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### Course: Algebra (all content)>Unit 8

Lesson 2: Solving absolute value equations

# Worked example: absolute value equation with two solutions

Solving the equation 8|x+7|+4 = -6|x+7|+6 which has two possible solutions. Created by Sal Khan.

## Want to join the conversation?

• how does the absolute value thing separate the equation into 2 equations
• One of the equation's answer is a positive while the other equation's answer is a negative.
• What happens when the absolute values on either side of the equation are not equal to each other, such as
(Im using \'s for absolute value signs)
6 \x+9\ +7 = -4 \x+2\ +3
• Jspofforth,
6 |x+9| +7 = -4 |x+2| +3 has no solution.
If you graph the y = 6 |x+9| +7 and y= -4 |x+2| +3 you see they have no points in common.https://www.khanacademy.org/cs/y-6x97-and-y-4x23/5898680397725696

Algebraically, you can find the four solutions to
6*( ±(x+9)) +7 = -4*(±(x+2) +3
which expands into four separate equations.
6 (x+9) +7 = -4 (x+2) +3
6 (-x-9) +7 = -4 (x+2) +3
6 (x+9) +7 = -4 (-x-2) +3
6 (-x-9) +7 = -4 (-x-2) +3
If the answer you get for any of the four equations gives you a positive number for (x+9) and for (x+2) that is a valid answer.
But if the answer for the equation when put into (x+2) or (x+9) is negative in either case, the answer fails.

The answer I get for the first equation is x=-6.6
But -6.6+2 is negative so this answer fails.
The answer I get for the second equation is x=-21
But -21+2 and -21+9 are both negative so this answer fails.
The answer I get for the third equation is x=-25
But -25+2 and -25+9 are both negative so this answer fails.
The answer I get for the first equation is x=-5.8
But -5.8+2 is negative so this answer fails.

So no answer works and the equation has no solution.

I hope that helps make it click for you.
• whats the difference between |-4|+3 and |-4+3|
• The |-4| = 4, so |-4| + 3= 4 +3 = 7
While |-4 +3| = |-1| = 1
• |c-3| = |c-7|

How can we solve this question? Answer is 5, but how? Please answer. Here 'c' is the 'y-intercept' of a graph.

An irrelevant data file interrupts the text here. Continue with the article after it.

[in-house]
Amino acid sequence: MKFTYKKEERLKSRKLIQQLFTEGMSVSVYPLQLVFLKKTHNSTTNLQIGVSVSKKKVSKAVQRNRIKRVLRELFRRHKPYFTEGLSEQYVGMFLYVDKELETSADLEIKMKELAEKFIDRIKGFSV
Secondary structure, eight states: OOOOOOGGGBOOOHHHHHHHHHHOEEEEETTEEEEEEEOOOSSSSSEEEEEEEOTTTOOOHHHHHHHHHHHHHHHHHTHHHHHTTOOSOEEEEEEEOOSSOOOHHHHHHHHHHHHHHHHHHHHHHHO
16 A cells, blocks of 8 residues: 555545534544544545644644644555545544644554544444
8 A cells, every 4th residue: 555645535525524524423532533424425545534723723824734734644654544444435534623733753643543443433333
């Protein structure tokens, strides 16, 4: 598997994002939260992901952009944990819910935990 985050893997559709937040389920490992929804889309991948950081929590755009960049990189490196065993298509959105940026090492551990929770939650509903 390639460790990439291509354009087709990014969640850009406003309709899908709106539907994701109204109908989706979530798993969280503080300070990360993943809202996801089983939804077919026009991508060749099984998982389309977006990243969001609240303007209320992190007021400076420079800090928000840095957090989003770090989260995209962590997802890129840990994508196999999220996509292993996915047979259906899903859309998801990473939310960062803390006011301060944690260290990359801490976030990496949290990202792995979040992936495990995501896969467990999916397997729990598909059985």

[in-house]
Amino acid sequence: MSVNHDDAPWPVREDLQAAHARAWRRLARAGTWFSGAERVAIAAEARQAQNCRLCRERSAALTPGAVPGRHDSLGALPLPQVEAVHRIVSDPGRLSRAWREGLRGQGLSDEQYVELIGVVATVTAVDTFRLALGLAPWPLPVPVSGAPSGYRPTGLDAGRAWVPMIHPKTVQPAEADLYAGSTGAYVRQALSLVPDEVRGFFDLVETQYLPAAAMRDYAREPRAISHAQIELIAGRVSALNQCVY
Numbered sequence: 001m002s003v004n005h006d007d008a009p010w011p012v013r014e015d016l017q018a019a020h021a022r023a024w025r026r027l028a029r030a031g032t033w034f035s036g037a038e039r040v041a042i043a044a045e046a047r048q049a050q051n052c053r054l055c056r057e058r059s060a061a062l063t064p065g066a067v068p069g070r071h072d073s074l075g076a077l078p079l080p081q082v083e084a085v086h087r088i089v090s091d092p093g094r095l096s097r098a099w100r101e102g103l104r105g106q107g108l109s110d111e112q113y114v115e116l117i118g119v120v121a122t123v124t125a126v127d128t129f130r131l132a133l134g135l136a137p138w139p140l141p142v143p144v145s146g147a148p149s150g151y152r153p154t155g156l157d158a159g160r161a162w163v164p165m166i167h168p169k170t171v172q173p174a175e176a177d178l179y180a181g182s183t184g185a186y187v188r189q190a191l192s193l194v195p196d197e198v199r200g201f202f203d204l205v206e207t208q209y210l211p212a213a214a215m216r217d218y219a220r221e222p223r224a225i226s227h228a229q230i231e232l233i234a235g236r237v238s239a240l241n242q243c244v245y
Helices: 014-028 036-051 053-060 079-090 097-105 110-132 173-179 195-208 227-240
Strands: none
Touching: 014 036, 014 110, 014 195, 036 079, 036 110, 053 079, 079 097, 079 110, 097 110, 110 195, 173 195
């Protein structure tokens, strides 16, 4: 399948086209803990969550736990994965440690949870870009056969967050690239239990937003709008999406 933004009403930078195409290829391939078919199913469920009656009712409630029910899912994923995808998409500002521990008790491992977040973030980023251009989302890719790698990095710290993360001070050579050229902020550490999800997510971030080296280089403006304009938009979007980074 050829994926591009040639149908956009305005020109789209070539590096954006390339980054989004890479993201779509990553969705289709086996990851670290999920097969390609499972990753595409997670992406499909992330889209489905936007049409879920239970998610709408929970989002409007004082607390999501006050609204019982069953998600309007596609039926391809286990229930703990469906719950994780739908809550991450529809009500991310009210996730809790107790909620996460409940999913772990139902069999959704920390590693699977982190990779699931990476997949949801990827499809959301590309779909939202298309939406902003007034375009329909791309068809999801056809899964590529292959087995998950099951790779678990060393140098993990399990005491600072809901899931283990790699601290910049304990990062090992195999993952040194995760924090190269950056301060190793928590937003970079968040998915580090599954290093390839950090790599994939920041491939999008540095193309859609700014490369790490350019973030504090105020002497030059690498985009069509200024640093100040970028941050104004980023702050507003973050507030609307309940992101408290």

• We can apply casework for the possible values that c can attain:
Note, this identity for absolute values is used: for |x-k|, if x<k, then |x-k|=k-x and for x>k, then |x-k|=x-k

If c<3, then |c-3|=3-c and |c-7|=7-c
3-c=7-c, which results with no solution
2) if c is on the interval 3<c<7 and including 3 and 7, then |c-3|=c-3 and |c-7|=7-c
c-3=7-c, 2c=10, c=5 is a solution
Finally, we consider c>7
|c-3|=c-3 and |c-7|=c-7
c-3=c-7, which has no solution
Thus the only solution is c=5
• Wait, so how did we get 49/7?? How is 1/7-7 equivalent to 49/7??
• Wait, there's 2 solutions?
• Yes!
Suppose I said |x|=10.
There are 2 solutions, 10 and -10.
Why -10? Because |-10| = 10.
If this seems weird now, you will get used to it with time.
Just keep studying!
• so...when you add |x+7| to both sides, why don't you get |x+14| ?
• Anything in the brackets stay the same while your are organizing the problem(absolute value on the left, lone numbers on the right)
• At , how did you get 49/7 ? How come 7 is equal to 49/7 ?
• Because 49/7=7 and because 7 squared is 49.
• I'm not quite understanding why
8|x+7|
+ 6|x+7|
-------------
14|x+7| and not 14|x+14|.
Do you not add the 7's because that is a property of absolute value?
• Imagine this as the distributive property: 14 |x+7| = (6+8) |x+7| =6 |x+7| + 8 |x+7|
(1 vote)
• At the beginning of the problem, couldn't you just made it as 8*x+7+4= -6*x+7+6?
(1 vote)
• No, you can't for 2 reasons.
1) You completely ignored the absolute values. They have meaning. You can not ignore them. The absolute values are what cause this equation to have 2 solutions, not one. Your version creates one solution.
2) The absolute values (besides being the distance from zero) act as grouping symbols. Once you get to the point that you can actually drop the absolute values, if there is a number in front, that number must be distributed. Example: 14 |x+7| = 2 becomes 14(x+7) = 2 and 14(x+7) = -2.
The 14 must be distributed and you get: 14x+98 = 2 and 14x+98 = -2

I suggest you start with the 1st video in this section. Pay attention to the basic concepts on why these equations have 2 solutions and when you can drop the absolute value symbols. Here is the link: https://www.khanacademy.org/math/algebra/absolute-value-equations-functions/absolute-value-equations/v/absolute-value-equations